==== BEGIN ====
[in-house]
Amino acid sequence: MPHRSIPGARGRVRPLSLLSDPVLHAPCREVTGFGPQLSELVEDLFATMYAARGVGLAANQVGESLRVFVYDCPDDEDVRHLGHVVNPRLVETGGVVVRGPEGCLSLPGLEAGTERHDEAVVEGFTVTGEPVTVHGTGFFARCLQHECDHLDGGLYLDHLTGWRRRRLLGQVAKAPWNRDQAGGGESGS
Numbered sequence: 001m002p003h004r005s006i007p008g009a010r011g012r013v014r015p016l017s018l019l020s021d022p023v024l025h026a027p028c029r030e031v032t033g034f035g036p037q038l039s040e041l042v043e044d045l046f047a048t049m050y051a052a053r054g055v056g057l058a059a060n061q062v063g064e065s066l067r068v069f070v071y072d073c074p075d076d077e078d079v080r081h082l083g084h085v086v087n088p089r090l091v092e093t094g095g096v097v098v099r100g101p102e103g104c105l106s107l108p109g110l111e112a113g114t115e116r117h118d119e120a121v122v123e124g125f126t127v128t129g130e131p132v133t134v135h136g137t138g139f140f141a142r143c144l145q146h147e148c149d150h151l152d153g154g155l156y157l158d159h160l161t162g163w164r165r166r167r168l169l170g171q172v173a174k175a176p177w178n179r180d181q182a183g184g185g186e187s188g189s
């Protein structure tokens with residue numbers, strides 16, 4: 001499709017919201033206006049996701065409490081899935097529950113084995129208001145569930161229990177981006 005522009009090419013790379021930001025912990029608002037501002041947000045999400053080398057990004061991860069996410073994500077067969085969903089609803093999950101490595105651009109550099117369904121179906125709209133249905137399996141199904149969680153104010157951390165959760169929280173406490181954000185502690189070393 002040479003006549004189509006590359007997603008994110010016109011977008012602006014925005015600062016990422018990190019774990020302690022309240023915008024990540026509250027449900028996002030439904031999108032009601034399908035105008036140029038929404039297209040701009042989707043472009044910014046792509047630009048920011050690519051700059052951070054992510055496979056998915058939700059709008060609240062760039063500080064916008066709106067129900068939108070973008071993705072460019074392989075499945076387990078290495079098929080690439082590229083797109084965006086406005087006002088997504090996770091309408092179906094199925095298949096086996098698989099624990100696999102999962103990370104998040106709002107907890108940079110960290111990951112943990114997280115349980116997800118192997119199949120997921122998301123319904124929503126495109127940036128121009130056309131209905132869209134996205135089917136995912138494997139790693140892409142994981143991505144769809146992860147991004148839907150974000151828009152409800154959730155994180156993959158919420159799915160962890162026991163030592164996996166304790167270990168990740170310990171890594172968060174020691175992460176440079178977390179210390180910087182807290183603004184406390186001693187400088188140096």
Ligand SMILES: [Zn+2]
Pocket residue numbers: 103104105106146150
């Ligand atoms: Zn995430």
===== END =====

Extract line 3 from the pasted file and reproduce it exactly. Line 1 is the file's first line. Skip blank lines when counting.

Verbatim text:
Numbered sequence: 001m002p003h004r005s006i007p008g009a010r011g012r013v014r015p016l017s018l019l020s021d022p023v024l025h026a027p028c029r030e031v032t033g034f035g036p037q038l039s040e041l042v043e044d045l046f047a048t049m050y051a052a053r054g055v056g057l058a059a060n061q062v063g064e065s066l067r068v069f070v071y072d073c074p075d076d077e078d079v080r081h082l083g084h085v086v087n088p089r090l091v092e093t094g095g096v097v098v099r100g101p102e103g104c105l106s107l108p109g110l111e112a113g114t115e116r117h118d119e120a121v122v123e124g125f126t127v128t129g130e131p132v133t134v135h136g137t138g139f140f141a142r143c144l145q146h147e148c149d150h151l152d153g154g155l156y157l158d159h160l161t162g163w164r165r166r167r168l169l170g171q172v173a174k175a176p177w178n179r180d181q182a183g184g185g186e187s188g189s